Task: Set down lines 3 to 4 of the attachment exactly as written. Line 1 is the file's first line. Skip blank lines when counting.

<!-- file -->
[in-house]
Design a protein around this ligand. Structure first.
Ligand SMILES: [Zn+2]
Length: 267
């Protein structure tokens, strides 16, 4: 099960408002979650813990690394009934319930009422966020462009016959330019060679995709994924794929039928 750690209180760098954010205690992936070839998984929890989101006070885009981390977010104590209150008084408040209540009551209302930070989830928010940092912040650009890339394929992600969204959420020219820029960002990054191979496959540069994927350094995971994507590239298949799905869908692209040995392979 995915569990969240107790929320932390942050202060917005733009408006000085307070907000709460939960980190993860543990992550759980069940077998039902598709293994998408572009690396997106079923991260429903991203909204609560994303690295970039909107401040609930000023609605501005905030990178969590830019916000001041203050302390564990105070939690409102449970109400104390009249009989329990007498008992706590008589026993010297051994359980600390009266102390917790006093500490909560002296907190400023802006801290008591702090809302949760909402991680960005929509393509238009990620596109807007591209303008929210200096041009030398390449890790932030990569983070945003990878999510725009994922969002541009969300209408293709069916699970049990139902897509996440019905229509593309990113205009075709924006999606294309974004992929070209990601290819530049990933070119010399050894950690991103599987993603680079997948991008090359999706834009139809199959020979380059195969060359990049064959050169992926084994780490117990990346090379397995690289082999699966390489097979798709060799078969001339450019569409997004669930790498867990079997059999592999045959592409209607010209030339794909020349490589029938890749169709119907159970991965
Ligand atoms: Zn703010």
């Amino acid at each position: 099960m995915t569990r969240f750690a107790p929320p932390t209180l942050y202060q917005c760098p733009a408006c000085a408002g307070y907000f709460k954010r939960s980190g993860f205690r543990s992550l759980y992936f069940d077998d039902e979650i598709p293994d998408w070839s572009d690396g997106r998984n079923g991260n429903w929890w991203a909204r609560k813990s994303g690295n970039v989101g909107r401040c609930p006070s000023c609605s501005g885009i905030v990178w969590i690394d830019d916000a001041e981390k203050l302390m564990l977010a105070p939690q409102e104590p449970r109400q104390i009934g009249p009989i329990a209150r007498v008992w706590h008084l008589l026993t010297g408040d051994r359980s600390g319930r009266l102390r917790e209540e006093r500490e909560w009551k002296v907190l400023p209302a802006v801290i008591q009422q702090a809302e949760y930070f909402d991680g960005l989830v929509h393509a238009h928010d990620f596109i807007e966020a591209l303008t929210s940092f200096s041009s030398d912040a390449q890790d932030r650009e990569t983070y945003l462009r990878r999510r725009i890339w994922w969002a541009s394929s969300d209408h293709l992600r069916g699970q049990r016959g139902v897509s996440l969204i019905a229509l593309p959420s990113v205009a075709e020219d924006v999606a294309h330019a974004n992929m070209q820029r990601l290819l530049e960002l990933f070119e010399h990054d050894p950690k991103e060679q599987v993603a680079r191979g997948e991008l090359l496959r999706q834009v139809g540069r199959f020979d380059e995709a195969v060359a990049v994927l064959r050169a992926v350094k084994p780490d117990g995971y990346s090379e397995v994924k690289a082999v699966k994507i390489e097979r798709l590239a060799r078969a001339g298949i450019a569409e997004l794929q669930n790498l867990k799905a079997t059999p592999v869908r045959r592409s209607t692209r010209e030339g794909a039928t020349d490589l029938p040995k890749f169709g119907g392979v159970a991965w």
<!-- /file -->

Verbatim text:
Ligand SMILES: [Zn+2]
Length: 267